Friday, 17 April 2015

Surely this can not be right

In an article "Helping journalism can harm it" in The New Zealand Initiative's Insights Newsletter (Insights 13: 17 April 2015) Jason Krupp writes,
Regardless, they may have a point. Journalism has public good aspects to it – the threat that an investigative journalist uncovers a rort or corruption helps to discipline politicians, which provides benefits even to those who do not help to pay for it by watching or reading. Many people might free-ride rather than contribute.
This can not be right. What Krupp is describing isn't a public good but a good with neighbourhood effects. That is, there are positive (in this case) externalities to journalism but this is not enough to make journalism a public good.

If journalism really is a public good then how is it that newspapers, for example, can generate income by selling their papers or putting material behind paywalls. Paywalls and selling papers mean that journalism is excludable. These things wouldn't generate income otherwise. The important point here is that the journalism and the newspaper/website are bundled, you need both to get a useful product and you can exclude by using the newspaper/website.

1 comment:

Eric Crampton said...

I'm likely to credit or blame for that particular part. I'll walk it through more slowly.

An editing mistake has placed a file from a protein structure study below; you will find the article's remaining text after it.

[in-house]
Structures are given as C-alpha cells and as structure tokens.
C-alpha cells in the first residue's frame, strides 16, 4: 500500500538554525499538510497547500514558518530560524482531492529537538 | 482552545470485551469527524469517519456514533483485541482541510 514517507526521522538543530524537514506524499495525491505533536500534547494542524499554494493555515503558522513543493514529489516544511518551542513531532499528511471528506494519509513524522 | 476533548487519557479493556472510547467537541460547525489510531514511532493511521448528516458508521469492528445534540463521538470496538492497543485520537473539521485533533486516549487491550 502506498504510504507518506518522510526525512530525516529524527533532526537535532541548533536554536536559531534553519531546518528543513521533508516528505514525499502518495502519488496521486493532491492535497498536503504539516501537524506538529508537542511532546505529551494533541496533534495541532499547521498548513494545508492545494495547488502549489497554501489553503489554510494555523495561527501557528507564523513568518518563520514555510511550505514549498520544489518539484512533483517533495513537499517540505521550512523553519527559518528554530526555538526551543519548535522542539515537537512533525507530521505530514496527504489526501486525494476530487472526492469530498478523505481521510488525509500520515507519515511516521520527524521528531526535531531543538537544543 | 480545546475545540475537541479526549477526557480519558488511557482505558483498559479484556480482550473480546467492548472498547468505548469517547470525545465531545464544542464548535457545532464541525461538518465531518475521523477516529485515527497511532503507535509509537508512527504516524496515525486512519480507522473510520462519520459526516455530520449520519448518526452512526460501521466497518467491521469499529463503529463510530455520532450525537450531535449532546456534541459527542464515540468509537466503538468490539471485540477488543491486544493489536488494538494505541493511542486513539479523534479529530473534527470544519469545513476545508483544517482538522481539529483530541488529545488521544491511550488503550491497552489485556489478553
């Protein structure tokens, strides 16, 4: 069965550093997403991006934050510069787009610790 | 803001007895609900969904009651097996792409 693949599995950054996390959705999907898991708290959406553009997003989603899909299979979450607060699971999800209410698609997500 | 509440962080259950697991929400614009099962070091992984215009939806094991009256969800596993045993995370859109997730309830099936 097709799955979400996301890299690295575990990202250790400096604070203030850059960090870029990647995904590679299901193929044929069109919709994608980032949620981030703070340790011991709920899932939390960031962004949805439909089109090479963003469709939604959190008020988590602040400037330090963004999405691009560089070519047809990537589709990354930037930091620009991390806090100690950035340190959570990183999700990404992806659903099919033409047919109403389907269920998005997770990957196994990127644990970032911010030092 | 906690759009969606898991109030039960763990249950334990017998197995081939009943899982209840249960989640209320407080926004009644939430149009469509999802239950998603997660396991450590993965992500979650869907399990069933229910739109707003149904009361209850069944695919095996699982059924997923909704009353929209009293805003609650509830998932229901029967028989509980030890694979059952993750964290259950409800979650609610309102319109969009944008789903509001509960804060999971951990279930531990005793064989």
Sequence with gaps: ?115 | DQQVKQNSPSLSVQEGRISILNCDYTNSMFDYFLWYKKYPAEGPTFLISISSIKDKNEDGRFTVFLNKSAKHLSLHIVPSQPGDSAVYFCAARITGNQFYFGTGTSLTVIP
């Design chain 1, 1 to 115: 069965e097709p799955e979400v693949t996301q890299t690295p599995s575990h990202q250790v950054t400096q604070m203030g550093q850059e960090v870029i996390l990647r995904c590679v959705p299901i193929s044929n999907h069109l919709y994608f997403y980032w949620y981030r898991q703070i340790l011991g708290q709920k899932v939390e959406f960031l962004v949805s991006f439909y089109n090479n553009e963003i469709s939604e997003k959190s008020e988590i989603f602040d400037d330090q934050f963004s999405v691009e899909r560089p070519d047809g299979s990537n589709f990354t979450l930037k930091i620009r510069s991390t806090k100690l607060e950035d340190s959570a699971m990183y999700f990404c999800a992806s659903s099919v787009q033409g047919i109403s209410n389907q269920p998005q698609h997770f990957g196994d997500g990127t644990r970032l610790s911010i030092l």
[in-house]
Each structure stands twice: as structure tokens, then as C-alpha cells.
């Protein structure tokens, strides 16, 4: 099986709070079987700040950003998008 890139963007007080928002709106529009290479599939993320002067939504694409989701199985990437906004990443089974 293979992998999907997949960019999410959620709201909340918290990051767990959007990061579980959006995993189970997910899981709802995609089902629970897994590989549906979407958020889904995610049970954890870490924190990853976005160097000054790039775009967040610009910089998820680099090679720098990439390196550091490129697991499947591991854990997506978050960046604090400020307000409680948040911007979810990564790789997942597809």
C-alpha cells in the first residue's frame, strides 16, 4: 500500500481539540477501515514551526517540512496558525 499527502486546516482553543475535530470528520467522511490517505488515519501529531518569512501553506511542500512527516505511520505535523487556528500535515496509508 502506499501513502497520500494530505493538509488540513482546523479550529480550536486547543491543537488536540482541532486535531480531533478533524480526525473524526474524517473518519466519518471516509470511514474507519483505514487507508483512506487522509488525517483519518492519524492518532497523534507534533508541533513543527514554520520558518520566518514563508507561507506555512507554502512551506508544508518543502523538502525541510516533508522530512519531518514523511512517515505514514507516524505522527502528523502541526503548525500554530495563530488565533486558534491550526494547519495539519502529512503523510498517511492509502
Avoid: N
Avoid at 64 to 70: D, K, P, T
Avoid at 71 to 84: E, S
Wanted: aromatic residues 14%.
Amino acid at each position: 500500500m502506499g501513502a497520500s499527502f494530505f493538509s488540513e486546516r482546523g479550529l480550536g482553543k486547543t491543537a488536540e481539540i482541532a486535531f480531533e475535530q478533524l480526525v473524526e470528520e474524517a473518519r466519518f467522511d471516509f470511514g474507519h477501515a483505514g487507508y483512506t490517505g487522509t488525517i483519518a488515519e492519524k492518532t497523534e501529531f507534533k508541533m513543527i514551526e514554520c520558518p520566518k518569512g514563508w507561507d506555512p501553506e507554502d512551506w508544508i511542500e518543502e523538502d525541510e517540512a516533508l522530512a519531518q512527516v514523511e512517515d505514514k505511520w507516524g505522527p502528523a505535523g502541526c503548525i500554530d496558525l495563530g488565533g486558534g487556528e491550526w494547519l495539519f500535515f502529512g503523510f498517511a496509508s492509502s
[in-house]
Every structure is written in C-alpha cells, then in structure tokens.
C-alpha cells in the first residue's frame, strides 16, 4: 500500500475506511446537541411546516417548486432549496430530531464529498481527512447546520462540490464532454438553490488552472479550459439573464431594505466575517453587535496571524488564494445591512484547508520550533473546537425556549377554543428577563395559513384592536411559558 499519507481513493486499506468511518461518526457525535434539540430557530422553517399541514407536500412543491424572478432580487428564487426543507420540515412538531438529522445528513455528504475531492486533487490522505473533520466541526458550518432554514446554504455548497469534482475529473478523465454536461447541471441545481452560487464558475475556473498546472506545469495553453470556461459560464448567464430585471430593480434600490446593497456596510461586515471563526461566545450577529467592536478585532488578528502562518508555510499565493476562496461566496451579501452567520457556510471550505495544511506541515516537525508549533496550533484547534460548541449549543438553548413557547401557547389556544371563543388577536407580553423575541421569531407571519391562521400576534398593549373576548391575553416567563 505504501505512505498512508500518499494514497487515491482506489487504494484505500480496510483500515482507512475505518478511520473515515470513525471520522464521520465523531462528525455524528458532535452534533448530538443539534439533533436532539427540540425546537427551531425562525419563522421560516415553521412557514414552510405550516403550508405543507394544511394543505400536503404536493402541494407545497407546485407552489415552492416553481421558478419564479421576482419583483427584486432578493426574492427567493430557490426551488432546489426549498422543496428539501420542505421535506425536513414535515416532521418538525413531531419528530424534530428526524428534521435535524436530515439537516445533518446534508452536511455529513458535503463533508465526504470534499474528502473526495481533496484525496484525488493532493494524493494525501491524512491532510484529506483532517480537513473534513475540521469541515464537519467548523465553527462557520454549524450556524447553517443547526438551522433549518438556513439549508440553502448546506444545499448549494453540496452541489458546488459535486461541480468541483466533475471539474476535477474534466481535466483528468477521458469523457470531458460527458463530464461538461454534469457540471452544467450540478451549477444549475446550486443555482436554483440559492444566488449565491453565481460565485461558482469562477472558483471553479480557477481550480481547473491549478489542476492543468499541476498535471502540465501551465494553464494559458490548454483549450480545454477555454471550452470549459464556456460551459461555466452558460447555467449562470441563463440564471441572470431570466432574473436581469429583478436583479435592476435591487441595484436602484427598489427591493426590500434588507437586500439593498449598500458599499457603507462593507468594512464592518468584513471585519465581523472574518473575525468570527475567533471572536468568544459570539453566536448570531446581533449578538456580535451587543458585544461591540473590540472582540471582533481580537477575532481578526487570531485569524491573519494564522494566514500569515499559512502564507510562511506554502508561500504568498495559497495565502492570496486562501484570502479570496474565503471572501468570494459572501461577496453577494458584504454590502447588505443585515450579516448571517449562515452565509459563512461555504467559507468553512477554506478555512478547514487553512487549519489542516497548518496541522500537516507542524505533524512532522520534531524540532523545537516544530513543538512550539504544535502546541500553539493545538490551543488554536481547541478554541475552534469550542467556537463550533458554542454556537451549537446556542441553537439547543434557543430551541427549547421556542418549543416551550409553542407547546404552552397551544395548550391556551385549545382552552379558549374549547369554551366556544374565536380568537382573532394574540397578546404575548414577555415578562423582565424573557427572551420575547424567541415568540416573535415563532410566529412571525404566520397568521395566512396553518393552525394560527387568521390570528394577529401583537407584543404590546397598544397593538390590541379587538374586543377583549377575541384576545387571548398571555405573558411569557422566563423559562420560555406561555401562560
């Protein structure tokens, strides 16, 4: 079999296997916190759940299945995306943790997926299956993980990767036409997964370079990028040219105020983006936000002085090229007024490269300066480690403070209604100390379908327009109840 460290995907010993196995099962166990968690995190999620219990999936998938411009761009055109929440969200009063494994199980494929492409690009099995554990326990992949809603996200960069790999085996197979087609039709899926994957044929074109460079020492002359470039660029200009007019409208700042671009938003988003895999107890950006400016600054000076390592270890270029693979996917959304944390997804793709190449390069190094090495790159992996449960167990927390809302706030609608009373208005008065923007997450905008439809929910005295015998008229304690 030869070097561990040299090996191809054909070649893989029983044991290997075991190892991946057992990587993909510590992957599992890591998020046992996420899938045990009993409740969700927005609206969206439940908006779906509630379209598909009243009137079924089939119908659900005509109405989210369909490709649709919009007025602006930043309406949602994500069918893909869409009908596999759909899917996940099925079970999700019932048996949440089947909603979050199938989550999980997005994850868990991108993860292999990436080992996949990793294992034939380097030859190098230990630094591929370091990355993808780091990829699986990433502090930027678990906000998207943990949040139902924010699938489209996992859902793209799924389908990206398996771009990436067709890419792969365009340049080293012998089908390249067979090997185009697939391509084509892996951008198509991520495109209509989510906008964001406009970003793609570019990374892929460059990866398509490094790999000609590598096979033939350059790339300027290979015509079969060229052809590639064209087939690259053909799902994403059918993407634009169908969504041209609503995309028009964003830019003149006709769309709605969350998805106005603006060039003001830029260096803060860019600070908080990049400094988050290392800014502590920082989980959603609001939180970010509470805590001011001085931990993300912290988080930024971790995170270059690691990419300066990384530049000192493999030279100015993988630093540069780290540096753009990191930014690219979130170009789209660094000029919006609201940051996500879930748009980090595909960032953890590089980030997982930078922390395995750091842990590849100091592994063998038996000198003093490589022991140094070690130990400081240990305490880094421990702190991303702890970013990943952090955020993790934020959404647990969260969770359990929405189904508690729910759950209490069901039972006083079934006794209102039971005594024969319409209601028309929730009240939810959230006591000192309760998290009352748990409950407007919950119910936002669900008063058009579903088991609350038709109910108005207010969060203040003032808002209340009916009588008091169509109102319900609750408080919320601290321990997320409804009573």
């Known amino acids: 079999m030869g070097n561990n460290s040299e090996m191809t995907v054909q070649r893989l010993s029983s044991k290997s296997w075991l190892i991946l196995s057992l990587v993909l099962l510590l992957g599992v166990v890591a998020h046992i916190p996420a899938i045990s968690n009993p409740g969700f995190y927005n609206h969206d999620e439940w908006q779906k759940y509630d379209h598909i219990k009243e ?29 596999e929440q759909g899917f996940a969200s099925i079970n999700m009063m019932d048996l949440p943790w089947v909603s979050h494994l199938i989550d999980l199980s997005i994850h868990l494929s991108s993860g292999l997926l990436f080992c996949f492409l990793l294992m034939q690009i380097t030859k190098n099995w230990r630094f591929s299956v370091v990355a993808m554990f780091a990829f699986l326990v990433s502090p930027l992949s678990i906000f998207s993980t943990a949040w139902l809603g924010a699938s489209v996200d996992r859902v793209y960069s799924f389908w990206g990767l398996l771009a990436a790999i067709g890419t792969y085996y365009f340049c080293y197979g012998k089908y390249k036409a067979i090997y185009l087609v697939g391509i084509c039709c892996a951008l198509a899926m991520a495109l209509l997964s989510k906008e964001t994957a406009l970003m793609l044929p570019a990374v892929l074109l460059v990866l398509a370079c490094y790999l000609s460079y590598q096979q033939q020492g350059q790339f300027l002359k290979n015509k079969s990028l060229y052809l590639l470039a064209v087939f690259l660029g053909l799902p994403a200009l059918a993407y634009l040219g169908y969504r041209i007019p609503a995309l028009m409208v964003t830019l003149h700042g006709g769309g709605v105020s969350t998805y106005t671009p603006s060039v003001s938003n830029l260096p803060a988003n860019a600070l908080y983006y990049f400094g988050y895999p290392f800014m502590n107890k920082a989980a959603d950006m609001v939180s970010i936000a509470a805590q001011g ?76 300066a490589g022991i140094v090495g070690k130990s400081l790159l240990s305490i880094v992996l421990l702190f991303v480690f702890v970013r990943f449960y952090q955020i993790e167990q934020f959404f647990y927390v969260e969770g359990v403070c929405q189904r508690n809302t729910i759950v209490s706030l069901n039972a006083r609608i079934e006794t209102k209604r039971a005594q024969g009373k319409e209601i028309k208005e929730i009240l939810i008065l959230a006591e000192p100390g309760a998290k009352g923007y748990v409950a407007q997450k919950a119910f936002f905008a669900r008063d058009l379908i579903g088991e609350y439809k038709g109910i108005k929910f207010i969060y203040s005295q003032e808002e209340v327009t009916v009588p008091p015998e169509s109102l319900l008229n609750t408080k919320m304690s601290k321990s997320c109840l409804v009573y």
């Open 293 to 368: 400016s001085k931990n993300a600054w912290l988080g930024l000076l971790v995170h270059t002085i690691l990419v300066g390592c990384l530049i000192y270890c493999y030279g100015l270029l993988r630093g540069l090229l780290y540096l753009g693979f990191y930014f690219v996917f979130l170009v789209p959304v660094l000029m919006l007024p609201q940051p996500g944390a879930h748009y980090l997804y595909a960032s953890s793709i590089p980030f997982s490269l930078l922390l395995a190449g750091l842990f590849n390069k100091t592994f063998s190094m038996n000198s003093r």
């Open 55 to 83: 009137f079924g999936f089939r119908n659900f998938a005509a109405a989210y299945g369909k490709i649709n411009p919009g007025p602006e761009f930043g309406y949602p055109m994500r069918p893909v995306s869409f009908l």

1. Goods that are nonrivalrous in consumption may still be underconsumed relative to an unattainable blackboard optimum even if they are excludable.
2. The good in question here, the improved performance of the polity when there's better vigilance against rorts, corruption and the like, is non-rivalrous and is also non-excludable.
3. Journalism is one way of producing that vigilance.
4. Viewers of Campbell Live believe that his show is one of the more important sources of that watchdog role; others note that there are still many alternatives, and that the merits of this particular show are more debatable.
5. Where the high demanders for the programme each only count as one viewer under the current funding model that ties advertising to the provision of the non-rivalrous but potentially excludable tv programming, and where the high demanders aren't sufficiently valuable to advertisers relative to the viewership that might watch alternatives, the programme will fail absent alternative funding.
6. High demanders can and should use mechanisms like PledgeMe to fund the programme directly.